Fall 2014 Events
Jack Gieseking Book Launch: "People, Place, Space Reader"
– 6:00 PM
Massachusetts Hall, Faculty Room
Join Jack Gieseking, Bowdoin’s New Media and Data Visualization Specialist, at the launching of her book “The People, Place, and Space Reader". Edited by Dr. Gieseking and William Mangold, the book brings together the writings of scholars from a variety of fields to make sense of the ways we shape and inhabit our world. An essential resource for students of urban studies, geography, design, sociology, and anyone with an interest in the environment, this volume presents the most dynamic and critical understanding of space and place available.
Professor Matt Klingle will serve as interlocutor, facilitating a discussion of the book.
With a B.A. from Mt Holyoke, an M.A. from Columbia University, and a Ph.D. from CUNY, Dr. Gieseking joined the faculty at Bowdoin in Fall 2013.
Sponsored by Bowdoin's Digital and Computational Studies Initiative.
Why Did Americans Stop Eating Locally?
– 9:00 PM
Sills Hall, Smith Auditorium
In his talk Matthew Booker will explore why urban Americans radically changed their diets in the twentieth century. Tracing the American diet from local oysters to long distance burgers, he will suggest ways we can learn from this history as we rethink today's and tomorrow's food.
Matthew Booker is an associate professor of History at North Carolina State University, and a specialist in Environmental History and Western North American History.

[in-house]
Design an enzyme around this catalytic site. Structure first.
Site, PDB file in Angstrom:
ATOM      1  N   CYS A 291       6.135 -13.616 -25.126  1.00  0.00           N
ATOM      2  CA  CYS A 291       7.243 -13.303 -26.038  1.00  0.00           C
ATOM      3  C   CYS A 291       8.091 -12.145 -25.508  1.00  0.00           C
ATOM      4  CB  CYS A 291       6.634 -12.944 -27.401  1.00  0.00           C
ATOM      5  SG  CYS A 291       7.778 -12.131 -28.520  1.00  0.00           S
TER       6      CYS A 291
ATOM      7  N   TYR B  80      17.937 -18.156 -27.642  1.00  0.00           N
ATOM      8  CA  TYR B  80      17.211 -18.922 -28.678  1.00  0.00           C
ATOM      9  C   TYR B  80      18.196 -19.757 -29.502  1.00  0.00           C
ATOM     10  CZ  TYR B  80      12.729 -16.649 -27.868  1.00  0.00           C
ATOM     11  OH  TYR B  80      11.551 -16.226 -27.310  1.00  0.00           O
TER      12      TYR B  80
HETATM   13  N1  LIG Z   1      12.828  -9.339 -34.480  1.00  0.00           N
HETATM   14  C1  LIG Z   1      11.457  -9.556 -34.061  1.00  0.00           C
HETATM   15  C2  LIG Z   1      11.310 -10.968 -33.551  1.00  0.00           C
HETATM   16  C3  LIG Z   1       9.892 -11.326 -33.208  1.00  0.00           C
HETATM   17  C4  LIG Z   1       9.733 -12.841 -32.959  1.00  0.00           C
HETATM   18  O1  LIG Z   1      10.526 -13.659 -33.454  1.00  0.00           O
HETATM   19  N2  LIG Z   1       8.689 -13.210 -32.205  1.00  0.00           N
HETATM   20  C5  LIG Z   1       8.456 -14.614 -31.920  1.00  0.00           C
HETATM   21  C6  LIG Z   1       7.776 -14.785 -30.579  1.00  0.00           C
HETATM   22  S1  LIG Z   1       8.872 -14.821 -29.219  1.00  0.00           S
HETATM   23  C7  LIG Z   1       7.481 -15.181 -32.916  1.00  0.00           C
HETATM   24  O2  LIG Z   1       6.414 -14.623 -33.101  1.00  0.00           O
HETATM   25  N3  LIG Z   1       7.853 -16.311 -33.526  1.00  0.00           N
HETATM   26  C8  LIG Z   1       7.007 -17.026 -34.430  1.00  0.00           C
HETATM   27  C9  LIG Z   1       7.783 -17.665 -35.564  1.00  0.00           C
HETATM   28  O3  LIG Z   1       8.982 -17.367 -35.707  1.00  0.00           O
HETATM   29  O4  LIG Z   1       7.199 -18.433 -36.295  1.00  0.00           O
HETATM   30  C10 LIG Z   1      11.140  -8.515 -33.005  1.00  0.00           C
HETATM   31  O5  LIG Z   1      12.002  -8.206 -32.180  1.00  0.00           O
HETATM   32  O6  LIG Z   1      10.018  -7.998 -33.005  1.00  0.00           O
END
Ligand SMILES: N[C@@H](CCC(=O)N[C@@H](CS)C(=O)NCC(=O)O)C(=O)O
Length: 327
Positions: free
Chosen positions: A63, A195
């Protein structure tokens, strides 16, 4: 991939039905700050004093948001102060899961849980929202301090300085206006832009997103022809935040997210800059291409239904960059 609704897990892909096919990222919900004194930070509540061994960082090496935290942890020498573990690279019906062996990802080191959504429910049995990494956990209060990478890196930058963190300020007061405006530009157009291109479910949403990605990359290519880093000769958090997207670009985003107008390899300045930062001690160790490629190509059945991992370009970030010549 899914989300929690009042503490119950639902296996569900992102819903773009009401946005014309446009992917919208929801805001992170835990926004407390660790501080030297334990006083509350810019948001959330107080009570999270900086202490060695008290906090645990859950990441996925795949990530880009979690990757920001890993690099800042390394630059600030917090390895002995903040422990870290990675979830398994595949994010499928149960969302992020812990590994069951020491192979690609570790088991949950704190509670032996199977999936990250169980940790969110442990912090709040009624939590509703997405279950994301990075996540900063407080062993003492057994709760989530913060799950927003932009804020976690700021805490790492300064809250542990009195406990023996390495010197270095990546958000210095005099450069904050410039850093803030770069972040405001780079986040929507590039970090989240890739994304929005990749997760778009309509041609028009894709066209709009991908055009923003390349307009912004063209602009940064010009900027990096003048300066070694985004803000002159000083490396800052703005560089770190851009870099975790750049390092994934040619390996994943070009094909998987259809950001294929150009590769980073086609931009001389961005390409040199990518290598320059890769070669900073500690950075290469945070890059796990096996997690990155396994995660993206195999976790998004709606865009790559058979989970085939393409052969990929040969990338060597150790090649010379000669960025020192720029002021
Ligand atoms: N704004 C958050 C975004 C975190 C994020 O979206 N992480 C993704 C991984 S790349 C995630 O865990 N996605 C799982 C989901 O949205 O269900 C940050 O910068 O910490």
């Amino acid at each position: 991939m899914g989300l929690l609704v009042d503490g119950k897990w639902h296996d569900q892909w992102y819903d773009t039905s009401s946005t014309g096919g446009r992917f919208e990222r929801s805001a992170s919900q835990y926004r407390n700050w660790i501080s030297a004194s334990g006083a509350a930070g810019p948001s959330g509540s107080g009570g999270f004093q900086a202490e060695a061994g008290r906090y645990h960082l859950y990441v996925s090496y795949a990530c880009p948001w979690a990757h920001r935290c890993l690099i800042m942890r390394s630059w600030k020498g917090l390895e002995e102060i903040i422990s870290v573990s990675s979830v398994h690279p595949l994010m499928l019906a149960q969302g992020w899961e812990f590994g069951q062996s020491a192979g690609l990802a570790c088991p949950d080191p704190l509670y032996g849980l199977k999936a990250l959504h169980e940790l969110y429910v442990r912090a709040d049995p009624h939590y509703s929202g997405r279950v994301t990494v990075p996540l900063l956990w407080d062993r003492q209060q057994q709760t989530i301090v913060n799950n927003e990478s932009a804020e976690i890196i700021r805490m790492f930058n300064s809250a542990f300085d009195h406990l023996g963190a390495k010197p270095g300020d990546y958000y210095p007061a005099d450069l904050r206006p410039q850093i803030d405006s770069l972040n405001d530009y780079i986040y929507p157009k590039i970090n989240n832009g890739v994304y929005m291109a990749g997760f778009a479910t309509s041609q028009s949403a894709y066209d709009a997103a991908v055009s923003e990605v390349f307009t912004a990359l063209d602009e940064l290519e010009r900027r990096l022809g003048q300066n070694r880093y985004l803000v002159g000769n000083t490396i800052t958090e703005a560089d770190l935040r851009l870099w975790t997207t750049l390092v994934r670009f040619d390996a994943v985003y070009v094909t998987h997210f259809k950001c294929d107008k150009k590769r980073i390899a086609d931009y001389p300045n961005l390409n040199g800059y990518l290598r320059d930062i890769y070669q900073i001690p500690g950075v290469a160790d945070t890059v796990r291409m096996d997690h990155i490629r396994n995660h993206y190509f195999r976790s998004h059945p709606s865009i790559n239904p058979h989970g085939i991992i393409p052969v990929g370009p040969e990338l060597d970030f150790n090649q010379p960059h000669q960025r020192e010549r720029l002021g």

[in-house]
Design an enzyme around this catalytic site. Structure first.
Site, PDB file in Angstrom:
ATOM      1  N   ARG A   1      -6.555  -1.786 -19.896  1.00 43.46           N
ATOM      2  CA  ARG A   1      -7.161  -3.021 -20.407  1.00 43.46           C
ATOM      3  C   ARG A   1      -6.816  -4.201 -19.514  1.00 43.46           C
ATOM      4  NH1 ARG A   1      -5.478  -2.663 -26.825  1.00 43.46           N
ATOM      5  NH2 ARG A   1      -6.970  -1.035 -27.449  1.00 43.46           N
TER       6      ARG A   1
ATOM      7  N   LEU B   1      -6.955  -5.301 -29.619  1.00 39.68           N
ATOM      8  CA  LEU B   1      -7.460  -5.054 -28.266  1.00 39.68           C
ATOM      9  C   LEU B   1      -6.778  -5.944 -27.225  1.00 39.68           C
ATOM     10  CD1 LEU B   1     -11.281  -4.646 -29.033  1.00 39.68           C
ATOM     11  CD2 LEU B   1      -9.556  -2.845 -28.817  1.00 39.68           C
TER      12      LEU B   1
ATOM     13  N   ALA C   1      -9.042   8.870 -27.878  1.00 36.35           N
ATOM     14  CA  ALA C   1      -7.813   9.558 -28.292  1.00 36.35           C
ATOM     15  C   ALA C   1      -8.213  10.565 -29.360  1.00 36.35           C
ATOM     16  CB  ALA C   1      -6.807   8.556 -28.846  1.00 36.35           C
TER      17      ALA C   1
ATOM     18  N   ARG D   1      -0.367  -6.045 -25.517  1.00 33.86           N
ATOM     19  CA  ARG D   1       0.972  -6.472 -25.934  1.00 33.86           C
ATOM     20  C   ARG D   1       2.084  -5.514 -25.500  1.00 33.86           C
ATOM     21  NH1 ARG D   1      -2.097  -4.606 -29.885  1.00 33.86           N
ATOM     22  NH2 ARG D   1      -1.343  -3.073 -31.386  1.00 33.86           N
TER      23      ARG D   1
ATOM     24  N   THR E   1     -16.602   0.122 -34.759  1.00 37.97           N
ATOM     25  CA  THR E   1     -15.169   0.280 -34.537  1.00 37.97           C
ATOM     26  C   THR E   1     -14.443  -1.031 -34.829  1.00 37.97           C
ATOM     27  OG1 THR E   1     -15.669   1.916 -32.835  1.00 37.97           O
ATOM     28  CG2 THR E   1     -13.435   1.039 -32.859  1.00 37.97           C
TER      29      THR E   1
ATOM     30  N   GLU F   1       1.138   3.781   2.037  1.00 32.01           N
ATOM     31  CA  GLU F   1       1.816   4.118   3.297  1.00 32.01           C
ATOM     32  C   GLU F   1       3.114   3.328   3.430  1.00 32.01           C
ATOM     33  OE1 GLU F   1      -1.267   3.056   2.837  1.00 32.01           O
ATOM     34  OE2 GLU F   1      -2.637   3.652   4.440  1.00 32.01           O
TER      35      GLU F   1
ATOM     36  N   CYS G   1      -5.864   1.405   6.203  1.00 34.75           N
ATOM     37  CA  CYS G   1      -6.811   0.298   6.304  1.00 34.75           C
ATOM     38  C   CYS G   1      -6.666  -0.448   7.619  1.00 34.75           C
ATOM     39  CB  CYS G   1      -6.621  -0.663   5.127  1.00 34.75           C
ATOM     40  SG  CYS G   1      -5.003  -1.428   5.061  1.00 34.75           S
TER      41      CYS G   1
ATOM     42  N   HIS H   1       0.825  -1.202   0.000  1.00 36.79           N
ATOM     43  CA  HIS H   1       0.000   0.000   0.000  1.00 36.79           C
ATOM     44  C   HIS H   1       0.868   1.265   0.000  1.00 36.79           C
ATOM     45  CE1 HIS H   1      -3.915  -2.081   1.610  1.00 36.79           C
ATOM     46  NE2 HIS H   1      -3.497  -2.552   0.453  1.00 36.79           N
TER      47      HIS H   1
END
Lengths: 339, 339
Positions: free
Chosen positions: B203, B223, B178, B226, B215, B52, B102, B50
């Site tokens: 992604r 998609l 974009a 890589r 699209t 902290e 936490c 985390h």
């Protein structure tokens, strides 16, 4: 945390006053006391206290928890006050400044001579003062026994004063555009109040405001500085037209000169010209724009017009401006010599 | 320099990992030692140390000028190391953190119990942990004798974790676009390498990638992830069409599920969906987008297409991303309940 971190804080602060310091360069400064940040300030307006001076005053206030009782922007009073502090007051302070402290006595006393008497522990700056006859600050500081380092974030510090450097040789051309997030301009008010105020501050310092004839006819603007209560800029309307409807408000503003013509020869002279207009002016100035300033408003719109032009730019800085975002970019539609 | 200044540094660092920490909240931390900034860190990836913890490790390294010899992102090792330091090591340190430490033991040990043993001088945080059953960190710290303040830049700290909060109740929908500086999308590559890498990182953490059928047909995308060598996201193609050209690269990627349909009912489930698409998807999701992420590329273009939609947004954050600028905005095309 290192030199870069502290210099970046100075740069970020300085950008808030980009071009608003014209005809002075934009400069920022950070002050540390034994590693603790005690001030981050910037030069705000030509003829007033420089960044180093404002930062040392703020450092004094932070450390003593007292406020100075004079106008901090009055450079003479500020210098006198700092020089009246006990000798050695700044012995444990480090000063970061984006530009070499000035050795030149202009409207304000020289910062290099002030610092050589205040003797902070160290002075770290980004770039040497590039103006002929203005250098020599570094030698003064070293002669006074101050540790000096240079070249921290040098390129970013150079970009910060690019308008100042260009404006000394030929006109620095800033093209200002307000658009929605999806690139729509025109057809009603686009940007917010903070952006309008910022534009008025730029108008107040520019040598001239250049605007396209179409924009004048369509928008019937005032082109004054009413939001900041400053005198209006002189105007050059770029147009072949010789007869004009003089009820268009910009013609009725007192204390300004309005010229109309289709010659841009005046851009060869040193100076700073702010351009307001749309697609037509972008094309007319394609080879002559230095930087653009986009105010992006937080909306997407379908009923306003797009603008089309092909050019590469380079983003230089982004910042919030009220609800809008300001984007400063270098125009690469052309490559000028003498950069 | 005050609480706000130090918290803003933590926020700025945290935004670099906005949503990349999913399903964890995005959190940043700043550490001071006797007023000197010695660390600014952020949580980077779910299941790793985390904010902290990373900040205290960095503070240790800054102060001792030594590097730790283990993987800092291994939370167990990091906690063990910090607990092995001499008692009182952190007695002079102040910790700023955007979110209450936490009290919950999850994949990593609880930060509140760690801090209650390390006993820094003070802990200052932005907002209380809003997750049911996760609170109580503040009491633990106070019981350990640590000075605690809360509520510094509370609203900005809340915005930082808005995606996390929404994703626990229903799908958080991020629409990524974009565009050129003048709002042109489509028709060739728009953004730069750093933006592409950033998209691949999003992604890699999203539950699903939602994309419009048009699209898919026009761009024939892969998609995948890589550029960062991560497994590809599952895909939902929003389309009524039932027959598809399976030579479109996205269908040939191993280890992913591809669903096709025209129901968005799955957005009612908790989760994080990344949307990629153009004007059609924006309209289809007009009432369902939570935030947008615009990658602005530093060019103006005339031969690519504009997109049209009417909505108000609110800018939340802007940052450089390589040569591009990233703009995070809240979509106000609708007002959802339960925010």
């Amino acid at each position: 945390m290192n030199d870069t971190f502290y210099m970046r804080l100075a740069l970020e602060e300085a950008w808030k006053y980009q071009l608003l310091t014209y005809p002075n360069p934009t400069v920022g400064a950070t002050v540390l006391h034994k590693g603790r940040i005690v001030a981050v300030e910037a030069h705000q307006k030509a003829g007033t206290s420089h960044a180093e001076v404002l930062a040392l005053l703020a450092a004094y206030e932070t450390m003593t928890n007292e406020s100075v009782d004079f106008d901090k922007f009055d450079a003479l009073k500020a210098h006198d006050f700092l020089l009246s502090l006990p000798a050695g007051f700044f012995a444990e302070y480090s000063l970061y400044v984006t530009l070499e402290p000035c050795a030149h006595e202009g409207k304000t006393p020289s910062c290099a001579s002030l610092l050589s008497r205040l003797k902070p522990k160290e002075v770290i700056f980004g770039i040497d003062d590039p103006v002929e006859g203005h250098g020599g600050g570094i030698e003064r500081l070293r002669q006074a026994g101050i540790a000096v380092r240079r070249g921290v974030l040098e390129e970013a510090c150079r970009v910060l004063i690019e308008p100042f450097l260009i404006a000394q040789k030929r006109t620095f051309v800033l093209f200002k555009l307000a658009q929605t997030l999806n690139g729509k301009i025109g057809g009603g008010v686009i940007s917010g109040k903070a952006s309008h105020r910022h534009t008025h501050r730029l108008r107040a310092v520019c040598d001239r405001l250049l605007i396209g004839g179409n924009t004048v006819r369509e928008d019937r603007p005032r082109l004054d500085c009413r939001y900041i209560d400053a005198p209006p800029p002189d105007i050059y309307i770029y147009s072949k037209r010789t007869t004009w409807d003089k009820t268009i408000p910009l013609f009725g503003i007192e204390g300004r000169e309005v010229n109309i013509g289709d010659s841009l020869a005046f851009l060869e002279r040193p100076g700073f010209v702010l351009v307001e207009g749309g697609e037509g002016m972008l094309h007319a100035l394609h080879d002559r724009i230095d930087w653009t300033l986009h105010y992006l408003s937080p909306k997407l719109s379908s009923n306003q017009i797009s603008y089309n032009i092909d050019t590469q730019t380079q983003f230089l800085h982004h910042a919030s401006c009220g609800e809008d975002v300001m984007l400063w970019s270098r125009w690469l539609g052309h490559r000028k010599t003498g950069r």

For more information on this event, please see the website.
Author Pope Brock: "Another Fine Mess: Life on Tomorrow's Moon"
– 5:30 PM
Visual Arts Center, Beam Classroom
Pope Brock will speak on his current book project, Another Fine Mess: Life on Tomorrow's Moon, which imagines what might happen on the moon in the mid-to-late 21st century if the schemes various governments, corporations, and obsessed individuals have for it all come true.
Brock is also the author of Charlatan: America's Most Dangerous Huckster, the Man Who Pursued Him, and the Age of Flimflam (Crown, 2008), an account of the improbable career of John Brinkley, the most successful quack in U.S. history, and Indiana Gothic (Doubleday/Nan Talese). His work has appeared in GQ, Rolling Stone, Esquire, Talk, The New Yorker, London Independent, Life, People, and the London Sunday Times Magazine.
Brock received his BA from Harvard University and his MFA from New York University School of the Arts. He is currently on the faculty of the MFA Program in Writing at the University of Nebraska.
Brock's lecture will be followed by a reception in the Visual Arts Center "Fishbowl."
Common Good Day
– 4:00 PM
Farley Field House, Infield
Common Good Day is a campus-wide day of service. More than 500 students, faculty, staff, alumni, and Friends of Bowdoin volunteer with about 60 different service agencies and take on projects such as gardening, trail maintenance, visiting the elderly, painting, yard work, grant research, and spending time with children. This year's Common Good Day will offer plenty of opportunities to have fun and get involved, with events including a catered lunch, service projects, and a free t-shirt for all participants!